When many applications require access to shared files, it requires a filing system. Traditionally, this sort of storage is generally supported by a Network Attached Storage (NAS) server. Still, modern cloud solutions show that some of the ideal use case scenarios are for the AWS Elastic File System (Amazon EFS) for development environments, large content repositories, media stores, or user home directories.
This type of storage is mandated for other enterprise applications such as ERP systems or databases as they require dedicated, lower latency for each host. Block-based cloud solutions for this type of storage suggest Elastic Block Store (Amazon EBS) and EC2 Instance Storage are excellent alternatives to analogous to direct-attached storage (DAS) or a cargo area Network (SAN).
If you’ve been imagining taking your onsite infrastructure to the Cloud, AWS EFS could be what you’re looking for and has options that may tip the scales in your favor.
There are many advantages to consider when it comes to AWS EFS. For example, did you know that it works similar to any other Network Attached Storage (NAS) as it uses the same standard NFS protocol from your applications’ viewpoint?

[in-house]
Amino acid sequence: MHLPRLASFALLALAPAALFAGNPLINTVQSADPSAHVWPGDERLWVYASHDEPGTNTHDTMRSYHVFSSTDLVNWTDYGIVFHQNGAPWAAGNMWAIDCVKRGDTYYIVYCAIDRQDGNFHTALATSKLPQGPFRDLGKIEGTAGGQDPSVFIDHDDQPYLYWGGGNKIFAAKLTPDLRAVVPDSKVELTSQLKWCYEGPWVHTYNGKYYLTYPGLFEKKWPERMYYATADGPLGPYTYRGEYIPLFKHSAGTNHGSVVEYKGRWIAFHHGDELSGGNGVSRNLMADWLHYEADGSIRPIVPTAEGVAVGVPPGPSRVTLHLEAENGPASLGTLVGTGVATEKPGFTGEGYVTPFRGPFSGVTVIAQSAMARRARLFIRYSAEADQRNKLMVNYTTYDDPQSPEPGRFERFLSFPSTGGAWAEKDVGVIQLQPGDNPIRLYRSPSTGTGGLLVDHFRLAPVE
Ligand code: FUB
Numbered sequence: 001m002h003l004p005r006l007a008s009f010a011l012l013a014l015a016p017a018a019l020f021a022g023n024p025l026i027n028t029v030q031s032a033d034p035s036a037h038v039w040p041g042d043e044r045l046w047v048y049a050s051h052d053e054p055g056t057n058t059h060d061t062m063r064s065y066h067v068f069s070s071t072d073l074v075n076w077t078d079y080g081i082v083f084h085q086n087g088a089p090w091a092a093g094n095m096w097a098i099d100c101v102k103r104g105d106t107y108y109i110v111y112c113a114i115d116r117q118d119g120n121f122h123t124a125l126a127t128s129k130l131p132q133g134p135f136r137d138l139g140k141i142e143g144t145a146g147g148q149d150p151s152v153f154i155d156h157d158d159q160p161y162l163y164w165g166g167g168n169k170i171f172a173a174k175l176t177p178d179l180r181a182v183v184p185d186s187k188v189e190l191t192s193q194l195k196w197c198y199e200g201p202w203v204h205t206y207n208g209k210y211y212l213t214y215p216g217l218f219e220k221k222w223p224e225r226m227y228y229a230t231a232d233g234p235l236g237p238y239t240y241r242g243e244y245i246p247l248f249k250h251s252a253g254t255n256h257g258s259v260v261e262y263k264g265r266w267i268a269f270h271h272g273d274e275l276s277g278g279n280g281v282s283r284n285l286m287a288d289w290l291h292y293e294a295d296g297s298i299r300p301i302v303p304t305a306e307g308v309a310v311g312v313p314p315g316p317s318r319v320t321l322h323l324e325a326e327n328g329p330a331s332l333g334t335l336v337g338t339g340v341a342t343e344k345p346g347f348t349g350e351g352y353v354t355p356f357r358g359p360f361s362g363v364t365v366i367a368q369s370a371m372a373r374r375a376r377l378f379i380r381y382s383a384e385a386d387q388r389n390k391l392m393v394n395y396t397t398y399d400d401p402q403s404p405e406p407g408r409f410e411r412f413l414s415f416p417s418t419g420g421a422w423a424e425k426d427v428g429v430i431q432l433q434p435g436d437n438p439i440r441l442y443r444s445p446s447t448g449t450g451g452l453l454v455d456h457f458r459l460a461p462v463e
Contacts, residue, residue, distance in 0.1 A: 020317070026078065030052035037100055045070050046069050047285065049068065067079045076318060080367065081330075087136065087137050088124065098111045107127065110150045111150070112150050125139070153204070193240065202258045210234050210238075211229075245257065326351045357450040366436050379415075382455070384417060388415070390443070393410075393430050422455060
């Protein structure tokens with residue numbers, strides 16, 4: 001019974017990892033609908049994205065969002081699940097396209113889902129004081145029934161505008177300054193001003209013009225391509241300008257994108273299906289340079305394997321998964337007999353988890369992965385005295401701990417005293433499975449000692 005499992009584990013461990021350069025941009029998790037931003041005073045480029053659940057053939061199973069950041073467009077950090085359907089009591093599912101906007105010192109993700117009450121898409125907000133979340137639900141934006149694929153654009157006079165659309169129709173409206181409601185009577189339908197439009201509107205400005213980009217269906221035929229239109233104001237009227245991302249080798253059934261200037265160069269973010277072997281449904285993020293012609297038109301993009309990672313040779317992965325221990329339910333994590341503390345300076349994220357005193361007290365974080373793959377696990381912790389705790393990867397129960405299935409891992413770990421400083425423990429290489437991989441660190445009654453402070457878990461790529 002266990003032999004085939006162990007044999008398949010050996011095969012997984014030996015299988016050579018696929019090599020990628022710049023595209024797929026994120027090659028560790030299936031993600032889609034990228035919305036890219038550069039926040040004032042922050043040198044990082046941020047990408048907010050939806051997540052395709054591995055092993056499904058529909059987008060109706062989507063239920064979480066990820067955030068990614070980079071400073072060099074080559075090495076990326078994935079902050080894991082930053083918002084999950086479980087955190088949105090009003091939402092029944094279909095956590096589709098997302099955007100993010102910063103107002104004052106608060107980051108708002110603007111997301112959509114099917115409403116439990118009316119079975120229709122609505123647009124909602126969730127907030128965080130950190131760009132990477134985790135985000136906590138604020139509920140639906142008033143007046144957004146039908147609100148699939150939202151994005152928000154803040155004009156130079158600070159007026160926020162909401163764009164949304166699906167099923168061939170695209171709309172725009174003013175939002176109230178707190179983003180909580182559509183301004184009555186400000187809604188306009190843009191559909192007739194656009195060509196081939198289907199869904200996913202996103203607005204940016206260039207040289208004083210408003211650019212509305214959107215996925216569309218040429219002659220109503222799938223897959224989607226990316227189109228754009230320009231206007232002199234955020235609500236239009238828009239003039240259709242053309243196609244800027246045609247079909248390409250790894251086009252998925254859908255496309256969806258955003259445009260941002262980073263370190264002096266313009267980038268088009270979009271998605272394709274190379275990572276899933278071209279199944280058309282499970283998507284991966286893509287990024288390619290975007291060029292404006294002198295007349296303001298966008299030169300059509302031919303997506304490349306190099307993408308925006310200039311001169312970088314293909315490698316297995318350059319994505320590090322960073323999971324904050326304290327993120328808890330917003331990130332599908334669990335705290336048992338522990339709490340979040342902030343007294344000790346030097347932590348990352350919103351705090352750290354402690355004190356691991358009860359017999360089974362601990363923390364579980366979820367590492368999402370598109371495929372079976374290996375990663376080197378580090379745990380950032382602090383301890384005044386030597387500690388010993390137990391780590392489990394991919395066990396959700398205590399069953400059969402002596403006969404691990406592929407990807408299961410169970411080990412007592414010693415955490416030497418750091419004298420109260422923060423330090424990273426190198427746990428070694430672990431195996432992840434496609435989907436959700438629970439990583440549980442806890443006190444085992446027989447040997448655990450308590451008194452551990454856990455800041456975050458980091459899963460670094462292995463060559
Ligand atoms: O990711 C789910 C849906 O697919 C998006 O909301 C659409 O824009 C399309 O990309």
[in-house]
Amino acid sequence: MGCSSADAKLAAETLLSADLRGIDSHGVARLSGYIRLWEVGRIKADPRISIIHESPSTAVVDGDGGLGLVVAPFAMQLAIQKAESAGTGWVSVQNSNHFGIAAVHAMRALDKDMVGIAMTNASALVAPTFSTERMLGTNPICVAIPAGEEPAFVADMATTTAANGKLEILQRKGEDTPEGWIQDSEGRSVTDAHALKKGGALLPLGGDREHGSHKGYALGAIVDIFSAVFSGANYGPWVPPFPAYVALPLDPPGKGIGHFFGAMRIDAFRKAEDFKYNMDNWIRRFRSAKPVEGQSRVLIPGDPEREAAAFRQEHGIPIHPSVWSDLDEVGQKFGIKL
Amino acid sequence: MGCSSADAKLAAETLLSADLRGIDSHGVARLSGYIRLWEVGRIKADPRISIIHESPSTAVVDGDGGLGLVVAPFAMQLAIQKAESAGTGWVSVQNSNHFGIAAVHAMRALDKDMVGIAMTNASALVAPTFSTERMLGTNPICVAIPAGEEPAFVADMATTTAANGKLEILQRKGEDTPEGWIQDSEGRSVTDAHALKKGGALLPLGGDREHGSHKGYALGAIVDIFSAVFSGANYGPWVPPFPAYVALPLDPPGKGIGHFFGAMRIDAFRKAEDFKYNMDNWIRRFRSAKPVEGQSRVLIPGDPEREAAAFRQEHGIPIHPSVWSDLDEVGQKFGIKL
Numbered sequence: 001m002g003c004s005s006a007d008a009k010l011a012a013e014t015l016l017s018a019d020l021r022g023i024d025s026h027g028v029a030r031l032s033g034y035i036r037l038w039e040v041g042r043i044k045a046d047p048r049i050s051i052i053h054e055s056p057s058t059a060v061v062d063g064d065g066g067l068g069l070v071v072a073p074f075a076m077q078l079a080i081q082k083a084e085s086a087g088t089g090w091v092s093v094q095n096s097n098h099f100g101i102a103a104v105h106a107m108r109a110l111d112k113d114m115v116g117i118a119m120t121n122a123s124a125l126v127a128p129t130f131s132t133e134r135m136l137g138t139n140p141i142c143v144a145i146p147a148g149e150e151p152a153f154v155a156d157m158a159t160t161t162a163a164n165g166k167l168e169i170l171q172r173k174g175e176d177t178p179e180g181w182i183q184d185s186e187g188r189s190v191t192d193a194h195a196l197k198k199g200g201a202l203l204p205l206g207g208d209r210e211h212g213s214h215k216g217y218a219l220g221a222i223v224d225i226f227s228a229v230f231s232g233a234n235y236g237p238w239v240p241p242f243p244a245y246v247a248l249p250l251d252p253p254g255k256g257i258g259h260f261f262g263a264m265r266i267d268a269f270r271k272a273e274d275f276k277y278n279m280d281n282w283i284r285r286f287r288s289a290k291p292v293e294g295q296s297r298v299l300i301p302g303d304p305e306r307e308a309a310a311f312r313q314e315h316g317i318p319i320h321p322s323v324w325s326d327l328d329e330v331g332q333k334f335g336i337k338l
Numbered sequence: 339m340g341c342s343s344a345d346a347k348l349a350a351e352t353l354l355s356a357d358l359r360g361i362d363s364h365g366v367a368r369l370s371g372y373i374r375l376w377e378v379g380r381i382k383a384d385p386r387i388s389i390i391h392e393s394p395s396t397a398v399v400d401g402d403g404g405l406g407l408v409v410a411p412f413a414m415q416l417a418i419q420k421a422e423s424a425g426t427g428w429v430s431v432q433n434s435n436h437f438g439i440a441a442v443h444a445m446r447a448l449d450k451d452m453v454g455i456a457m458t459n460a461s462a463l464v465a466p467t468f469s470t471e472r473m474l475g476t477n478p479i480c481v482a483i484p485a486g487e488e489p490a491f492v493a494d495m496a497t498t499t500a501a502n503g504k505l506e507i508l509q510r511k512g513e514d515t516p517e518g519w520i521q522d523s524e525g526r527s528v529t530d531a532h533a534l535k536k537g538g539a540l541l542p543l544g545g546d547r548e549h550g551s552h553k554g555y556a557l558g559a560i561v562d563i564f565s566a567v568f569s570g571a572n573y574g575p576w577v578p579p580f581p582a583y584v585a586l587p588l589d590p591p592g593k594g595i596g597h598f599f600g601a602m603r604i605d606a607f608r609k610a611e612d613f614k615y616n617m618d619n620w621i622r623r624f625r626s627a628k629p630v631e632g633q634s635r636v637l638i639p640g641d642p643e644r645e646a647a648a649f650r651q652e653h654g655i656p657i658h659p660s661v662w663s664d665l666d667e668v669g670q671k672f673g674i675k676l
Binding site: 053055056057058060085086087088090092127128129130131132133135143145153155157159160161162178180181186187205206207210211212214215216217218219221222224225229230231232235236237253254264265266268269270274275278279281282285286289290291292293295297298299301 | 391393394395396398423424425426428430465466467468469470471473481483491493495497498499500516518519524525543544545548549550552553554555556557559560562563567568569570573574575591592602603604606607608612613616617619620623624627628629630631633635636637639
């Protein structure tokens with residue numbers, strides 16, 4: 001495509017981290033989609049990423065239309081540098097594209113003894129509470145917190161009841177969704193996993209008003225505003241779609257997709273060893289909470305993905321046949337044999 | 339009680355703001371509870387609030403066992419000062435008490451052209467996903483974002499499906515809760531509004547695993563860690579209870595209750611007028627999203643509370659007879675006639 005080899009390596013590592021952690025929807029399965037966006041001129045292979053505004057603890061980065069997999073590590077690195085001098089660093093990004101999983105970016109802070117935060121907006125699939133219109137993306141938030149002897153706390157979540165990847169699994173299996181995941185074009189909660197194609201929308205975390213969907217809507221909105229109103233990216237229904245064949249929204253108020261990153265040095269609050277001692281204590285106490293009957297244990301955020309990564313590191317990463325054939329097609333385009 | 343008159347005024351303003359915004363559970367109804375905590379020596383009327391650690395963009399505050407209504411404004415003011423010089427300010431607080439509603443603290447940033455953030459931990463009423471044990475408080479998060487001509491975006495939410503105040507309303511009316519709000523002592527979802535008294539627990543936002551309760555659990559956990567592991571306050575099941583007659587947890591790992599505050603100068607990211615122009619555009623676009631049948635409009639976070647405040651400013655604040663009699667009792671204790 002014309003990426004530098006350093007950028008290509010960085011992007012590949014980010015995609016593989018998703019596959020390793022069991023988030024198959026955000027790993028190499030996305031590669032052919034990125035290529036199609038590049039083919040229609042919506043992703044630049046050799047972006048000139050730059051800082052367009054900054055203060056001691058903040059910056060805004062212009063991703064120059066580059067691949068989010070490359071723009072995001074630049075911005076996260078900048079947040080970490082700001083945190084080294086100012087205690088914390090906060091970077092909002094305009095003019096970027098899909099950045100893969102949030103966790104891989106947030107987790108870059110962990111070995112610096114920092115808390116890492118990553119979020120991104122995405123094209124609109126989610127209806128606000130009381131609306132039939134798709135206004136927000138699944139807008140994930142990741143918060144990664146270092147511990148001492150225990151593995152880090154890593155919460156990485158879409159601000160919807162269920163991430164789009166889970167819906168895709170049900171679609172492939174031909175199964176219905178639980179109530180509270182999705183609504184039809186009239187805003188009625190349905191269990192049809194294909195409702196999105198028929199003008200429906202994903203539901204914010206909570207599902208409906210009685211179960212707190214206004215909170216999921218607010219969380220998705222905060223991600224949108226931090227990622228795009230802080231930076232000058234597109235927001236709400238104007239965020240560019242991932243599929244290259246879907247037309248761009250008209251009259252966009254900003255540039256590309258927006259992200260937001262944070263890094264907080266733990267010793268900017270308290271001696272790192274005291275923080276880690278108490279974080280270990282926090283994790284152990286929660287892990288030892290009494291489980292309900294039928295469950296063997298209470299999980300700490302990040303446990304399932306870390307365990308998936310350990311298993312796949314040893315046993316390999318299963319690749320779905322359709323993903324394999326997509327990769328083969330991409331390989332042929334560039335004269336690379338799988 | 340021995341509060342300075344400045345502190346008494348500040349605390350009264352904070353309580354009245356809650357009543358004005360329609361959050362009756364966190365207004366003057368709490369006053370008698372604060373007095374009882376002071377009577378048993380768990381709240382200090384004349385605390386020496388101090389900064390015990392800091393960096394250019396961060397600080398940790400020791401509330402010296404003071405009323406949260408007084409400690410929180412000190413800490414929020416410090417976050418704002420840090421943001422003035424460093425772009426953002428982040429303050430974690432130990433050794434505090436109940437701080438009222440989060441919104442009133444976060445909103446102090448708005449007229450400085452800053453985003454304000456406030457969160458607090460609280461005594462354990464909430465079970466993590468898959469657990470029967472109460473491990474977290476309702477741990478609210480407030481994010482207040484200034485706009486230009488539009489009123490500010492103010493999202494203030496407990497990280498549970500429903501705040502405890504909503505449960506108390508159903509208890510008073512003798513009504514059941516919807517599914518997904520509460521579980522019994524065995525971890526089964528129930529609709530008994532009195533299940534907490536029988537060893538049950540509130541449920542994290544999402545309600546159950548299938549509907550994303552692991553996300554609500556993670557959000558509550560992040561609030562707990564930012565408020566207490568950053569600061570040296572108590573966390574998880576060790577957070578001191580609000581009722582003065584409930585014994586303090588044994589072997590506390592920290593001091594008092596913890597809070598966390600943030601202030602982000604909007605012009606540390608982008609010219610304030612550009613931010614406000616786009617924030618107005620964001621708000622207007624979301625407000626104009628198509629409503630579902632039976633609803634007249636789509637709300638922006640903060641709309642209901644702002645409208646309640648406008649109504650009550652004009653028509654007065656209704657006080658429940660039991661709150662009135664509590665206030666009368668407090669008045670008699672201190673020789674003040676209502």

All you need to do is choose a local path in your EC2 instance and attach it to the EFS. It only looks at the path which will appear as it’s accessing local files. To get started with EFS, you won’t need to perform any application modifications in most situations.
Your business is considering a move to the cloud, and that is great news. There are many factors to consider, and we can help you learn a bit about them. To start, let’s take a look at a few things that make AWS EFS an incredible data storage system when you’re planning a move to the cloud.